Like veterinarians tending the sick old family pet, Ahwatukee residents Rob Nelson and Chris McCarty often must put their client-businesses to sleep.

They’ve built a national reputation for their Ahwatukee-based business, POWER Retailing, on a sharp-eyed ability to help some failing businesses reorganize and usher others into oblivion.

One of their current clients is almost within walking distance of their homes. They’ve been presiding over the going-out-of-business sale for Plaza Hardware, whose longtime owner Leonard Branstetter, died earlier this year.

His widow and children decided to sell the business, unable to afford rising rent and/or compete with big-box operations like Home Depot.

So, they turned to Nelson, who founded POWER Retailing in 1984, and McCarty, who as vice president travels around the country helping businesses that are taking on water decide whether it’s best to swim or sink.

The two men do this through time-tested marketing tactics and strategies aimed at either increasing revenue or safely liquidating inventory and maximizing sales so the owner can walk away without losing the shirt of his back.

In a career covering both wholesale and retail, Nelson has seen countless numbers of businesses fold their tents – many times falling prey to big-box stores.

He recalls being told “we’re here to kill the little guy” by a Home Depot executive planning to move into a territory where independent hardware stores were thriving.

“They had a war room, like all these big chains do, and developed a strategy around the question ‘How do we get rid of this guy?’” Nelson recalled, musing:

“They killed the little guy and now the internet is killing the big guy. There’s just a dramatic change going on in retailing.”

When he was a member of another vanished breed – the traveling salesman – and represented a wholesale supplier back in the ’60s, he recalled, he serviced nine stores in Mesa and 16 in Sun City.

“They used to be very, very prosperous,” he said. “But once the big guys came in, they were gone eventually.”

As he saw the road representative going the way of the dodo, “the business was shrinking fast so I knew I had to do something.”

So, he and his wife started a store in Southern California.

But when that business started to sour, Nelson and his wife cut their losses and closed down.

That’s when he decided he had enough background to help other troubled businesses call it quits.

“I told them, ‘I can help you, and they said do it, and I did it.’ Then my wife and I moved in 1992 to Arizona. It’s been great, like going to a half-price sale: We can have a great neighborhood and everything else for about half what we would pay in California.”

Nelson said he is in a highly competitive business: “Everybody who loses their job becomes a consultant. When I was first in the business, people called and said, ‘Get out here as soon as you can.’ Now they say, ‘I gotta talk to five other people.’”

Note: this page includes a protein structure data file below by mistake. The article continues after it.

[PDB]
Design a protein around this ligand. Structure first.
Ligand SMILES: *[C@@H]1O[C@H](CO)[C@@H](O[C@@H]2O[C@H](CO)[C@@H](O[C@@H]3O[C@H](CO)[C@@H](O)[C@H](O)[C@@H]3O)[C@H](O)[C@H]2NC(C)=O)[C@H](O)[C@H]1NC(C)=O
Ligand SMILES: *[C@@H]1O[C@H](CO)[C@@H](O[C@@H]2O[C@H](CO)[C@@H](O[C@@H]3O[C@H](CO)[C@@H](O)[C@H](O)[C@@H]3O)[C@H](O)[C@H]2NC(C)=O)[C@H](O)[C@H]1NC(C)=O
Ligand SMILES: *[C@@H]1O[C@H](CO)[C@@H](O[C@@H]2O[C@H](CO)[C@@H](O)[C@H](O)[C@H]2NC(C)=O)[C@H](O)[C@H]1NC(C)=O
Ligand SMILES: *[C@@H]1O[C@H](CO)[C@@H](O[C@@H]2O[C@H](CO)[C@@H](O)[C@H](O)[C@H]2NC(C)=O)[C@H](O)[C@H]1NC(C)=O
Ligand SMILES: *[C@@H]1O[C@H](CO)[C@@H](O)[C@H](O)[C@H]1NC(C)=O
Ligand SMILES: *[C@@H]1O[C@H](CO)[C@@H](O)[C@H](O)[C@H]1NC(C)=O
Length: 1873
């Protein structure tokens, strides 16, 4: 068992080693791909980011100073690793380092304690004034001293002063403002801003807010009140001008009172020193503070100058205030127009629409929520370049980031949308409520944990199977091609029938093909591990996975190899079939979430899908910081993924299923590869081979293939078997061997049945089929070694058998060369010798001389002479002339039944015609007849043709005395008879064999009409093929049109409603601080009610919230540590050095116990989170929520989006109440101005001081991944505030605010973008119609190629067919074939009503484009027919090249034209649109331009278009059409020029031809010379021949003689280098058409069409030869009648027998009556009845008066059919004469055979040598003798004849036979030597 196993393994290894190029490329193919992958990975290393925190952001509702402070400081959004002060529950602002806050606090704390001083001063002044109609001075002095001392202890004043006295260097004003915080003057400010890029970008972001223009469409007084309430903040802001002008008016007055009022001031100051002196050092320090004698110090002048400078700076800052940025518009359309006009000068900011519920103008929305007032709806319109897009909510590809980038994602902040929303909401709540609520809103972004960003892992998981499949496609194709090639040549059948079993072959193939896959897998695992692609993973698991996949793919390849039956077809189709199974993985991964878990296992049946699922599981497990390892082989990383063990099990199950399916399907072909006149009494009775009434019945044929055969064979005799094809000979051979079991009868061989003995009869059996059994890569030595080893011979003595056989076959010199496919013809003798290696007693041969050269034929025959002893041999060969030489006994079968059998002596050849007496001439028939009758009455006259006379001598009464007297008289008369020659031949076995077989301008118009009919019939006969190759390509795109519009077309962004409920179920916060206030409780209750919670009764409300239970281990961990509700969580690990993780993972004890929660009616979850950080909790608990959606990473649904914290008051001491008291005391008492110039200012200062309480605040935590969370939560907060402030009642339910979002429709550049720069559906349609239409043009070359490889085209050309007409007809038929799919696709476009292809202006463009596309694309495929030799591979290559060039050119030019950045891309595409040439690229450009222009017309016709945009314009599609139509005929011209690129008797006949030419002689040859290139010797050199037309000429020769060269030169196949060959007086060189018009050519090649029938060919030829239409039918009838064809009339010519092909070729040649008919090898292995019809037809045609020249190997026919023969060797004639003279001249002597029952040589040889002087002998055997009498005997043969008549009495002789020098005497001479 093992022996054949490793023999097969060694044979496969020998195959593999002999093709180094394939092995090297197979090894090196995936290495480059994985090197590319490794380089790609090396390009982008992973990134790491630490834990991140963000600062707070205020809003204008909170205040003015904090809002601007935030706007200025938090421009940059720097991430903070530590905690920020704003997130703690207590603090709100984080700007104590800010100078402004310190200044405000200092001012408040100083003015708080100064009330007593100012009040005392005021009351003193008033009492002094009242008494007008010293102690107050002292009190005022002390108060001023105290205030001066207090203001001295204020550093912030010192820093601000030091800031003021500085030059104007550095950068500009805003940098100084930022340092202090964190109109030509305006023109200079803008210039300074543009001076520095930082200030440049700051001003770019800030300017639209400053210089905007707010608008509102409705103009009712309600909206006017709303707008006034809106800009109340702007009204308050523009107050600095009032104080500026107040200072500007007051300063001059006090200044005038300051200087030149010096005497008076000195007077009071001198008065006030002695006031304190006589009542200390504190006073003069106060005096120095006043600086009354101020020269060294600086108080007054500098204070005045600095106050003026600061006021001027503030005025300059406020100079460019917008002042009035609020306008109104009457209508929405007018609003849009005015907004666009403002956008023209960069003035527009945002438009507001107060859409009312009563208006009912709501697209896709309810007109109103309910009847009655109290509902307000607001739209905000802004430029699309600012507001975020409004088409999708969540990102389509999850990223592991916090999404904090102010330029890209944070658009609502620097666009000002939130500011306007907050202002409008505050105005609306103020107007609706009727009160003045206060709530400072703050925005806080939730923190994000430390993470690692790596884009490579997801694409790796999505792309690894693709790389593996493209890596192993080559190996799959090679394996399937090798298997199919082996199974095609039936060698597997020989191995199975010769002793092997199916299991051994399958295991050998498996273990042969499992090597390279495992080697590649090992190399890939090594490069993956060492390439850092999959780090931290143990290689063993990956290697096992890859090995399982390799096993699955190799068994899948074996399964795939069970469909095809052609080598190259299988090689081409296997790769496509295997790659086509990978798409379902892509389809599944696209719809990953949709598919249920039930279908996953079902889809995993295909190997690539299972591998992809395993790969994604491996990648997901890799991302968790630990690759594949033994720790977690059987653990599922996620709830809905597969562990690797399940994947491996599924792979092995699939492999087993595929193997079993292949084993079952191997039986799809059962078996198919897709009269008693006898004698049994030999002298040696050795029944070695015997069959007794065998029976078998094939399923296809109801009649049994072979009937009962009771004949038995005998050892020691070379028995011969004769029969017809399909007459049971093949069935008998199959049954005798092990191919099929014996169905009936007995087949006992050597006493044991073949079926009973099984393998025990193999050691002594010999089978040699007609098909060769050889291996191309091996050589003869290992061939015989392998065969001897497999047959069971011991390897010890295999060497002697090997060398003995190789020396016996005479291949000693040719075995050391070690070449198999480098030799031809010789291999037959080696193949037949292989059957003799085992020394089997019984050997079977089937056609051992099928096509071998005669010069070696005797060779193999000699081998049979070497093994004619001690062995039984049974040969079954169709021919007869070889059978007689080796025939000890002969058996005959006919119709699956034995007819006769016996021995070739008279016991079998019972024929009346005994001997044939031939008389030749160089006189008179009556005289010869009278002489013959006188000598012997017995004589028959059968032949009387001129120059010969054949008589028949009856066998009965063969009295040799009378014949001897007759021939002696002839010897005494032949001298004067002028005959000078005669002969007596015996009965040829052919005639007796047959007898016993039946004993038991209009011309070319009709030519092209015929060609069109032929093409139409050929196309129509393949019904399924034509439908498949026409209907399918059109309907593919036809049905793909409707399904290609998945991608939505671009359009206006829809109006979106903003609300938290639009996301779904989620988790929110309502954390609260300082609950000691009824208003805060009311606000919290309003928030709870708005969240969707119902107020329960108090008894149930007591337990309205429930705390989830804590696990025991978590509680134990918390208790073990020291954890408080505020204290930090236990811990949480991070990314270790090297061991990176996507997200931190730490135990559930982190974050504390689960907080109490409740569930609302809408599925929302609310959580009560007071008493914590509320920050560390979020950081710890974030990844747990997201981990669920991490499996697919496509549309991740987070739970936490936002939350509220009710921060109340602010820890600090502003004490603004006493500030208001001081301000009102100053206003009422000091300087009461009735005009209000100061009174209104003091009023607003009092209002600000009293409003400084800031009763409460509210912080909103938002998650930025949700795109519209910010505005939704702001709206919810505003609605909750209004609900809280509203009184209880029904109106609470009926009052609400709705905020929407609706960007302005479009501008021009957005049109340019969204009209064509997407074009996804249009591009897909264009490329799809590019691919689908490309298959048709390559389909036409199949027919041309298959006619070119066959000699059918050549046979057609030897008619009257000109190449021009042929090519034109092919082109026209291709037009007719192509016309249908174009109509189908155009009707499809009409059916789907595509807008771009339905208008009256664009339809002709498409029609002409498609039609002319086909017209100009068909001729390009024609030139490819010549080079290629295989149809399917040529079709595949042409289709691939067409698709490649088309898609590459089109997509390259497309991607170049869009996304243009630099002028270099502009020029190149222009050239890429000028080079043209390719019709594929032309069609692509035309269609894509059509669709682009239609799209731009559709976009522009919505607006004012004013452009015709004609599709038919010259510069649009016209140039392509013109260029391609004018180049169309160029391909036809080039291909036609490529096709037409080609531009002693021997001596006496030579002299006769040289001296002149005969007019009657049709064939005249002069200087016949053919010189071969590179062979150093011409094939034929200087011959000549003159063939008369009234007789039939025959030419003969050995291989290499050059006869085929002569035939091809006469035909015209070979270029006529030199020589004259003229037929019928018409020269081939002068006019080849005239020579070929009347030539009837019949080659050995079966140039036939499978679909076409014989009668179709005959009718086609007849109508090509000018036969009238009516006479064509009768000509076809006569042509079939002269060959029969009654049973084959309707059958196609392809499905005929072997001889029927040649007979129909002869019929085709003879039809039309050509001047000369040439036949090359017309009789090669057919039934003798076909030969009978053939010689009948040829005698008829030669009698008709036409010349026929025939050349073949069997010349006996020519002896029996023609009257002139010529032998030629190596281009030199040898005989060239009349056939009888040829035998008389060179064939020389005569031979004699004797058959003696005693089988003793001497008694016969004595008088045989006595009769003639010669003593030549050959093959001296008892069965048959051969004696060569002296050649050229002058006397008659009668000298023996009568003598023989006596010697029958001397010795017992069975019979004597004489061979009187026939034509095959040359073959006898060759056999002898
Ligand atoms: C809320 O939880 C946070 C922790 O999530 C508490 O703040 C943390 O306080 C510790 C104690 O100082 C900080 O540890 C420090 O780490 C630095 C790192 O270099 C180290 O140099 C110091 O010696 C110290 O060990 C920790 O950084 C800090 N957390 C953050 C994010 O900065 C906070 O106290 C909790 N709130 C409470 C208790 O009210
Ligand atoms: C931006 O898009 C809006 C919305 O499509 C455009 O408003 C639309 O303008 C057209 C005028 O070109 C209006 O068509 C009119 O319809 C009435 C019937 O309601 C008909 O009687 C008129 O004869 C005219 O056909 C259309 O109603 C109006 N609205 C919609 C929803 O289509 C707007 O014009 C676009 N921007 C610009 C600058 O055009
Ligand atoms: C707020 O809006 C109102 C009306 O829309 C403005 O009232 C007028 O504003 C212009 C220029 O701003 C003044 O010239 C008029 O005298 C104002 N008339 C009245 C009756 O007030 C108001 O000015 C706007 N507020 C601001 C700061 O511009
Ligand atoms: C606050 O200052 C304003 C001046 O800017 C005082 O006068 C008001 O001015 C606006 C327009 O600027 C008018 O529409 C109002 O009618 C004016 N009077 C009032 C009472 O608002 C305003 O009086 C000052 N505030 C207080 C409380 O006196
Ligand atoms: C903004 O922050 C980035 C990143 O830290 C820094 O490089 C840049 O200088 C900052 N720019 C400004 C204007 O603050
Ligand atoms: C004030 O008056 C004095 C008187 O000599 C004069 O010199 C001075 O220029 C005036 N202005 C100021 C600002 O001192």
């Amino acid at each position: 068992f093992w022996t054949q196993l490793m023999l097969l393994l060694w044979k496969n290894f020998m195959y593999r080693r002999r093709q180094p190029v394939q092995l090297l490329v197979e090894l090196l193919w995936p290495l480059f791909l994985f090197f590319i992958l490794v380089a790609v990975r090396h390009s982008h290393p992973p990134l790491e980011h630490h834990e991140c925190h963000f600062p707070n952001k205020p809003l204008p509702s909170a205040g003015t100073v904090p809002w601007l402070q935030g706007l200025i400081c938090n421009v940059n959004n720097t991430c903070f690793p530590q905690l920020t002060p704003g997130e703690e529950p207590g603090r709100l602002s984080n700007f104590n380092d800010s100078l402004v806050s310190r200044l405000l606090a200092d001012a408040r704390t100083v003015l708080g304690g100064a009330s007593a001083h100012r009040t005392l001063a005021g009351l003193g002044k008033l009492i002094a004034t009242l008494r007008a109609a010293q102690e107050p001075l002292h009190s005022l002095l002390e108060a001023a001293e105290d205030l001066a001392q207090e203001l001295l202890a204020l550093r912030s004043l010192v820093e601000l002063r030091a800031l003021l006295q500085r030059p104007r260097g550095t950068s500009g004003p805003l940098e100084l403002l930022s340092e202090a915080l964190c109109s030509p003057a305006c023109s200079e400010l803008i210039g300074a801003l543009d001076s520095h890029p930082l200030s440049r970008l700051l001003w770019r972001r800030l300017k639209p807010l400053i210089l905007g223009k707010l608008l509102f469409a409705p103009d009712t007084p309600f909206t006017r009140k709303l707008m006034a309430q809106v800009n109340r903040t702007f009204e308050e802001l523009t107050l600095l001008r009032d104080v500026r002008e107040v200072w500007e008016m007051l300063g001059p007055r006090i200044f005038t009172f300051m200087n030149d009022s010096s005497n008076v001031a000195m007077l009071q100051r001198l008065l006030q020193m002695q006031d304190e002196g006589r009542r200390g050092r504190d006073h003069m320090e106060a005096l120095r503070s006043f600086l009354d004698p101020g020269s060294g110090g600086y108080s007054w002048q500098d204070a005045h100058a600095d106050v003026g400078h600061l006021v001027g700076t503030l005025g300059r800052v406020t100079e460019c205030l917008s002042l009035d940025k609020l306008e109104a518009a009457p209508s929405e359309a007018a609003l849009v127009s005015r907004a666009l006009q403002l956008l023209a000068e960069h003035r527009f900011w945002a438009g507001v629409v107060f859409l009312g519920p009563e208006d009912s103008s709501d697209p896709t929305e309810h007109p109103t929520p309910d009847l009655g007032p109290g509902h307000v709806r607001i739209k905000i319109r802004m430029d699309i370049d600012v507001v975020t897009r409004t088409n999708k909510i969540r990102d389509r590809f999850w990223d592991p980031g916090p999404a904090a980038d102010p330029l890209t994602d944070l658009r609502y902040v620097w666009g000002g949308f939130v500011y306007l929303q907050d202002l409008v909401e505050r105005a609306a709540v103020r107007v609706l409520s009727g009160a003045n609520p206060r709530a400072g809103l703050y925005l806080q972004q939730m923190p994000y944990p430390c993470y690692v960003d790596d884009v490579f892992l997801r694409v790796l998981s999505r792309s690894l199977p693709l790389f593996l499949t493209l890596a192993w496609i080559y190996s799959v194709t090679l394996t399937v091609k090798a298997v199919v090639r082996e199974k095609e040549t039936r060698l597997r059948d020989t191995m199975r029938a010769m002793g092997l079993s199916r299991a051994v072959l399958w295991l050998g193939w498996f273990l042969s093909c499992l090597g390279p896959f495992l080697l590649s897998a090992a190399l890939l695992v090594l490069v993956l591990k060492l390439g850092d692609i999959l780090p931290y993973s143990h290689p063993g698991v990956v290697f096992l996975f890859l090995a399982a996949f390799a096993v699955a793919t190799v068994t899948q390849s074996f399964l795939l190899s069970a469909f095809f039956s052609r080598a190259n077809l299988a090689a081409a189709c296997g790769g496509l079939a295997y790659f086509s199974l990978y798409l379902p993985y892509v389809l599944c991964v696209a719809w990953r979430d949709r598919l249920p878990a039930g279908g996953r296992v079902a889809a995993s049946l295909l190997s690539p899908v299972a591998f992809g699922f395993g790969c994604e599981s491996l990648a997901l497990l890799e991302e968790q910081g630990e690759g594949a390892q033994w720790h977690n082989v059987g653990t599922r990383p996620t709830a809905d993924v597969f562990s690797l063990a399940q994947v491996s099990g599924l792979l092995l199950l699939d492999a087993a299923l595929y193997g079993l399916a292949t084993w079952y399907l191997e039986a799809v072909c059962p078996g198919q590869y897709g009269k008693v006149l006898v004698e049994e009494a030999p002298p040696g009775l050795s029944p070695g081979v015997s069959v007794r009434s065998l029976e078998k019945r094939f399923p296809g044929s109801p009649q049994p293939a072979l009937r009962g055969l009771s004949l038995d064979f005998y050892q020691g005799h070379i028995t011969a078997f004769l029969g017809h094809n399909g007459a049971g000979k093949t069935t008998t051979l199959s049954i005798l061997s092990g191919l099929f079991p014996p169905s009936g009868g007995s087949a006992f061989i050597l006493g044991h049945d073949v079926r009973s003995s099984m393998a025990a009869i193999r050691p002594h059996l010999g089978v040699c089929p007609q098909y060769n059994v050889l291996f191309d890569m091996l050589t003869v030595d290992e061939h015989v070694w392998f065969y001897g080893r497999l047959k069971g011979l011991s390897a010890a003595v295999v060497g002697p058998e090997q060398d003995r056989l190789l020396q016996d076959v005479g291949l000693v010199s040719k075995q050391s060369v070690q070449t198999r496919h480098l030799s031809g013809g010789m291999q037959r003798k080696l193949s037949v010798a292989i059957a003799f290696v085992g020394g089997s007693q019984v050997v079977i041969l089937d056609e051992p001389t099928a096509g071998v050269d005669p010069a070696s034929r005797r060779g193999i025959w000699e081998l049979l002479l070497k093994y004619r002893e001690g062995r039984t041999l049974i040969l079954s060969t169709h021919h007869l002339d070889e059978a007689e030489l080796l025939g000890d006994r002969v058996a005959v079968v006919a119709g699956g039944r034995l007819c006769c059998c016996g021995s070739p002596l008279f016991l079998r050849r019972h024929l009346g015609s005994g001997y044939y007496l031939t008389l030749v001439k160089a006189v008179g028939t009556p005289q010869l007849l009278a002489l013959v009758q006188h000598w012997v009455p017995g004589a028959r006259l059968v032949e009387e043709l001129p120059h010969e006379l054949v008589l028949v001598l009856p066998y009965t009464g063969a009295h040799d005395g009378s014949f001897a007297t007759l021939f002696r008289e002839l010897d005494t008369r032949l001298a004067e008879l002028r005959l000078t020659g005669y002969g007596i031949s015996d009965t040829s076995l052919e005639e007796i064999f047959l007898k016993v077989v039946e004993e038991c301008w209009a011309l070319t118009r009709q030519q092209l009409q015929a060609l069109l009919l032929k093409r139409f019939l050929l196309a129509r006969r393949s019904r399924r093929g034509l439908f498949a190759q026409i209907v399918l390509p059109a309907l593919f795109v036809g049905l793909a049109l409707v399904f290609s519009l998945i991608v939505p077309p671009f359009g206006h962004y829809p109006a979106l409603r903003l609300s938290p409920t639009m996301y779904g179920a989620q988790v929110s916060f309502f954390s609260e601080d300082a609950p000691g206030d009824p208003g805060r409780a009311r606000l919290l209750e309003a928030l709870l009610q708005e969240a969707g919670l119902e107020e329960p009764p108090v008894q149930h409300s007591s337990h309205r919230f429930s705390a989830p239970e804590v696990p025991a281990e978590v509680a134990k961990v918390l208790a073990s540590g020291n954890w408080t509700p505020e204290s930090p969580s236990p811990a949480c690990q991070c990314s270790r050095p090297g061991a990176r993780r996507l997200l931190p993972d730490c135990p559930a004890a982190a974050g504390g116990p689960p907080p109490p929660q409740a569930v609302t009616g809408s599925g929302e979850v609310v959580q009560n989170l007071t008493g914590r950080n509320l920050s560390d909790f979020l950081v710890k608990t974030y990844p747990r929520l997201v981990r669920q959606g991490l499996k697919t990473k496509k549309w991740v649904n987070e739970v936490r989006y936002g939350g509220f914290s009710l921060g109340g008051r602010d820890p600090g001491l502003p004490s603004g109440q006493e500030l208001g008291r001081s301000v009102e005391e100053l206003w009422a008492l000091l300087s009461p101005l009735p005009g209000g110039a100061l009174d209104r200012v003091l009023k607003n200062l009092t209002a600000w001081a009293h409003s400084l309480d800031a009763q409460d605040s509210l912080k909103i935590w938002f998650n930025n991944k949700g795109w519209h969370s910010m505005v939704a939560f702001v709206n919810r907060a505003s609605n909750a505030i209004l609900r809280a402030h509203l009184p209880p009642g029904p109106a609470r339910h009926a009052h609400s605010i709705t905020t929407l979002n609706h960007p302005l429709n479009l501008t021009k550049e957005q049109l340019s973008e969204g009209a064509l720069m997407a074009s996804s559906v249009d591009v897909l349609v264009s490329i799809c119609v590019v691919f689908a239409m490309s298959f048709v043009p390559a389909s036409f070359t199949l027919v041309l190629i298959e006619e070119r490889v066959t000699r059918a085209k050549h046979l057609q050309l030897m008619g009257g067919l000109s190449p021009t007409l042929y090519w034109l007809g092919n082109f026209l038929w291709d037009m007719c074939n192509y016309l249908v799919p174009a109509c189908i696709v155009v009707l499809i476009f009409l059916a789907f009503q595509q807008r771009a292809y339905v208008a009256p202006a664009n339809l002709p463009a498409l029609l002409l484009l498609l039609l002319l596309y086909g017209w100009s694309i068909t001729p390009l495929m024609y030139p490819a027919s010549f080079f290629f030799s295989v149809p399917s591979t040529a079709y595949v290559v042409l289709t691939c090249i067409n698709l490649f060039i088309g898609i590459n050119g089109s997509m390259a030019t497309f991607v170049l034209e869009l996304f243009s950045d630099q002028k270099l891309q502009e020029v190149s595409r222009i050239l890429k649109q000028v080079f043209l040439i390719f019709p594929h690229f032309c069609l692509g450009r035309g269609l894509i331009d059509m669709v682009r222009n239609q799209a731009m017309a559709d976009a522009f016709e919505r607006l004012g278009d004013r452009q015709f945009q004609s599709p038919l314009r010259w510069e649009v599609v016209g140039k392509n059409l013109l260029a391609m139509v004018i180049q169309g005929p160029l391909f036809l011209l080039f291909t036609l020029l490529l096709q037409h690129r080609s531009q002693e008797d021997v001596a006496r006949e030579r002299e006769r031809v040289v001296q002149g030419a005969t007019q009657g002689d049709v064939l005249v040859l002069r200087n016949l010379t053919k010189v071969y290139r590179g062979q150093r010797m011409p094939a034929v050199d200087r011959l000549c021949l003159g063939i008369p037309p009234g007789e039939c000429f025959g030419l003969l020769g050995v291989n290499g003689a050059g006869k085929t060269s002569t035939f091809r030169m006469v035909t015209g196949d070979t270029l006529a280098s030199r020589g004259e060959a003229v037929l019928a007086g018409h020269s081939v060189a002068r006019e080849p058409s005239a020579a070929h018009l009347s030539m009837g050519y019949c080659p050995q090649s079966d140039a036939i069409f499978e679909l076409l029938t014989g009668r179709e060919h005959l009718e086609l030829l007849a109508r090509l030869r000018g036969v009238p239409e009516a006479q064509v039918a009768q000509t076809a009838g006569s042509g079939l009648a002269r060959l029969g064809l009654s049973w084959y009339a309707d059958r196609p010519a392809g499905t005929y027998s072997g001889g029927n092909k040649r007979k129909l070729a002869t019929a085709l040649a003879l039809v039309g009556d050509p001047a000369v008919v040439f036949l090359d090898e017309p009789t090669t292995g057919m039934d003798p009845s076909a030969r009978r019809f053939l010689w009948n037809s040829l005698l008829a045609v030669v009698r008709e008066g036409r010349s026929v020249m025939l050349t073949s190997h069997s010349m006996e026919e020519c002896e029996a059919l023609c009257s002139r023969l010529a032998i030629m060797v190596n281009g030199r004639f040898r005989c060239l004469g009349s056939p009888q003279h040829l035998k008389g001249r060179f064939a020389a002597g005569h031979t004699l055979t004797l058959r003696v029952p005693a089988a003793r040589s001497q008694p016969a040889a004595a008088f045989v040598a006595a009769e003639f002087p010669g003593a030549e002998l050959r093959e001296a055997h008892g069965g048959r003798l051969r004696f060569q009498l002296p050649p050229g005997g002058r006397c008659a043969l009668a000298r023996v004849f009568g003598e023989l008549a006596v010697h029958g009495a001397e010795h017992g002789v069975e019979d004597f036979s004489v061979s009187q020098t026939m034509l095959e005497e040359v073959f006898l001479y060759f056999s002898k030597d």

But Nelson and McCarty believe their experience in the psychology of closing down businesses gives them an edge.

For example, Nelson sees a certain magic in the marketplace where “Going Out of Business” signs are concerned.

“Customers always respond to a going-out-of-business sale; they all show up for the funeral,” he said. “Go to the mall and see a sign saying 50 percent off and who cares? People say to themselves, ‘I’ll come back later.’ But when you say, ‘Everything must go,’ everyone shows up.”

In some cases, POWER Retailing has helped fading businesses go out with a blaze of glory –  as it did with one boutique that normally had done $2,000 to $3,000 a day in business and did $14,000 in the first two days of a going-out sale.

In a Montana town where the unemployment rate hovered around 15 percent and the town’s major employer, a paper mill, was closing, Nelson and McCarty helped an independent outdoor-goods store close down when its owner decided to retire.

“He did $175,000 on the opening day of his going-out-of-business sale,” Nelson said.

Despite competition from larger price-cutting stores, many independent businesses that Nelson and McCarty help are facing extinction because of poor management.

“Some people will fight the battle until they lose their homes,” he said. “When they call me and say the economy is bad, I don’t get into any discussion about that. I say, ‘Go to Costco. There doesn’t seem to be a bad economy there.’”

Many times, they provide not just financial advice but emotional comfort.

A business owner in Colorado told Nelson, “Not only have you been my consultant; you’ve been my psychiatrist. Not only does this affect my business, but it affects my life.”

But sometimes clients feel they didn’t get enough advice.

After helping one business owner mount a going-out-of-business sale, Nelson recalled getting an angry call from her.

“She said, ‘You didn’t tell me it would really change me. You’re the pro. I couldn’t sleep. There was too much going on,’" Nelson said.

“She’s mad because the store’s in shambles and she gets all this business all of a sudden. Actually, we do tell them, ‘Here’s how it’s going to happen. Here’s what you have to prepare yourself for. But sometimes they don’t believe you.”

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